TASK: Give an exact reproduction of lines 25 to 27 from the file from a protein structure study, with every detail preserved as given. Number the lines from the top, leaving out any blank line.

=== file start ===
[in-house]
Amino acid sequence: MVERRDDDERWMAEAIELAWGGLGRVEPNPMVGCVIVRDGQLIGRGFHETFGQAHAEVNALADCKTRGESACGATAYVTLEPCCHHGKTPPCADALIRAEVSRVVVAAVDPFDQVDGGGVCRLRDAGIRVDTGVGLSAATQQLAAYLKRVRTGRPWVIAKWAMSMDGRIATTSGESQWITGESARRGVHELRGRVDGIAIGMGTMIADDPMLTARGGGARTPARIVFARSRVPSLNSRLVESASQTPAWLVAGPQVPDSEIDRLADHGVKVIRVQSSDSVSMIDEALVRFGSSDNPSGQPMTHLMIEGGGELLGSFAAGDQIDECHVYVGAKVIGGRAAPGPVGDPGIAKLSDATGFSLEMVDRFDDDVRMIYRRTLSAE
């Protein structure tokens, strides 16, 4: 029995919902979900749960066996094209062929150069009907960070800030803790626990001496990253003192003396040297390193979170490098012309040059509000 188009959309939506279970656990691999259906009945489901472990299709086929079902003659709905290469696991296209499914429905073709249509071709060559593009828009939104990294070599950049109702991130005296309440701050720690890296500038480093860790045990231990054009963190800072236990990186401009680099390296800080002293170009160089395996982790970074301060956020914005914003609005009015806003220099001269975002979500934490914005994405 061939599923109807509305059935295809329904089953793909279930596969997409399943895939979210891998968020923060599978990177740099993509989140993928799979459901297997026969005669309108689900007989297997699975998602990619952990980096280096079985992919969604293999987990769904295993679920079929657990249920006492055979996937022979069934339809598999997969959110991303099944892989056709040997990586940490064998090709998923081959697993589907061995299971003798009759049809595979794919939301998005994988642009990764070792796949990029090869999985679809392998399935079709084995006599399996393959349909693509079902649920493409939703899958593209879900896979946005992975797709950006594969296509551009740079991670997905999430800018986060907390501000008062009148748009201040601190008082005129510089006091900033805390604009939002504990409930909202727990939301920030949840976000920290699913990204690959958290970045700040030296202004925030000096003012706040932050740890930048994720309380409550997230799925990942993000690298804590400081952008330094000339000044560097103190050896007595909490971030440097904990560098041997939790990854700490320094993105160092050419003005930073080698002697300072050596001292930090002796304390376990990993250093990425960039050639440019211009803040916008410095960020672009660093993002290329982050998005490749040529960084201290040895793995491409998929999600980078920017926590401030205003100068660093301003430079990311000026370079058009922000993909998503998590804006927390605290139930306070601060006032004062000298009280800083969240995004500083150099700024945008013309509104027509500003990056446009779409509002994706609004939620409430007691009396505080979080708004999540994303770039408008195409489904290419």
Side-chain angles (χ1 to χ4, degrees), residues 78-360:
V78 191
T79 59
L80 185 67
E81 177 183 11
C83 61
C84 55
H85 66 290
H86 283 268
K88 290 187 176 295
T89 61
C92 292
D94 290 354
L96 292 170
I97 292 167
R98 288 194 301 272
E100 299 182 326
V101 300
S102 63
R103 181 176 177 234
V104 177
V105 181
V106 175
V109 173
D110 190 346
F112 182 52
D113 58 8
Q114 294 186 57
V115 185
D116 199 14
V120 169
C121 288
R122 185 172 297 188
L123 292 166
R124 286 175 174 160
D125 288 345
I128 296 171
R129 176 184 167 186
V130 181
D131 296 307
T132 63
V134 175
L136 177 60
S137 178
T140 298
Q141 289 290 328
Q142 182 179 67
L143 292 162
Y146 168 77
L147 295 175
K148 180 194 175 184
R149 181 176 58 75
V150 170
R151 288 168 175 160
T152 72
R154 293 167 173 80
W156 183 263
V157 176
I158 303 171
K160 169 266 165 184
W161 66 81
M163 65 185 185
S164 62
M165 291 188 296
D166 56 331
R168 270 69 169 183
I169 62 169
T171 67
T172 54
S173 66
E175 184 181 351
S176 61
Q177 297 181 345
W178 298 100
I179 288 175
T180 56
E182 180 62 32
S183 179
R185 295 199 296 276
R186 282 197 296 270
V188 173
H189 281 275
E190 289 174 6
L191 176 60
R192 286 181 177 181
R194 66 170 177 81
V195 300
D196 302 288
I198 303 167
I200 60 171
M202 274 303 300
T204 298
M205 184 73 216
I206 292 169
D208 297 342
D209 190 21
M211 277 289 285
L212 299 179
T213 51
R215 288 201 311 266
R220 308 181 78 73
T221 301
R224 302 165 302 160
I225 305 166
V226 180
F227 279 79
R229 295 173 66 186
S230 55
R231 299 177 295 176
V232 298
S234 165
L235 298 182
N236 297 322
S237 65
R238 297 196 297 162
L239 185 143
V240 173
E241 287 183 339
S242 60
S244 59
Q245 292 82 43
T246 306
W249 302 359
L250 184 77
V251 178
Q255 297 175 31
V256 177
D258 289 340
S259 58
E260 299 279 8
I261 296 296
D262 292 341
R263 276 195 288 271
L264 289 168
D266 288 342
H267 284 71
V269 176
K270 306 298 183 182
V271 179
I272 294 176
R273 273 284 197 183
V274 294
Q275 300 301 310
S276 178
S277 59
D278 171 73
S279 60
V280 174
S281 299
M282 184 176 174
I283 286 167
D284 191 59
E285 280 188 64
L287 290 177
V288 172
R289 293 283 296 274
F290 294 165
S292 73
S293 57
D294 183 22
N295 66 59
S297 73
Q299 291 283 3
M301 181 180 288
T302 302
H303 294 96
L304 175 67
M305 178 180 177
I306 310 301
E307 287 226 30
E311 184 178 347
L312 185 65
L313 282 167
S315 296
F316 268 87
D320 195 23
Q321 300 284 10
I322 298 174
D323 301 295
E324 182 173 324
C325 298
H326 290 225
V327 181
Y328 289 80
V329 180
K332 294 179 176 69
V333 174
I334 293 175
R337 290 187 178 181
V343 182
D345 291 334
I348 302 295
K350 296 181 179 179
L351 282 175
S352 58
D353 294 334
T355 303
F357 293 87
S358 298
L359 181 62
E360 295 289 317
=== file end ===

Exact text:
V105 181
V106 175
V109 173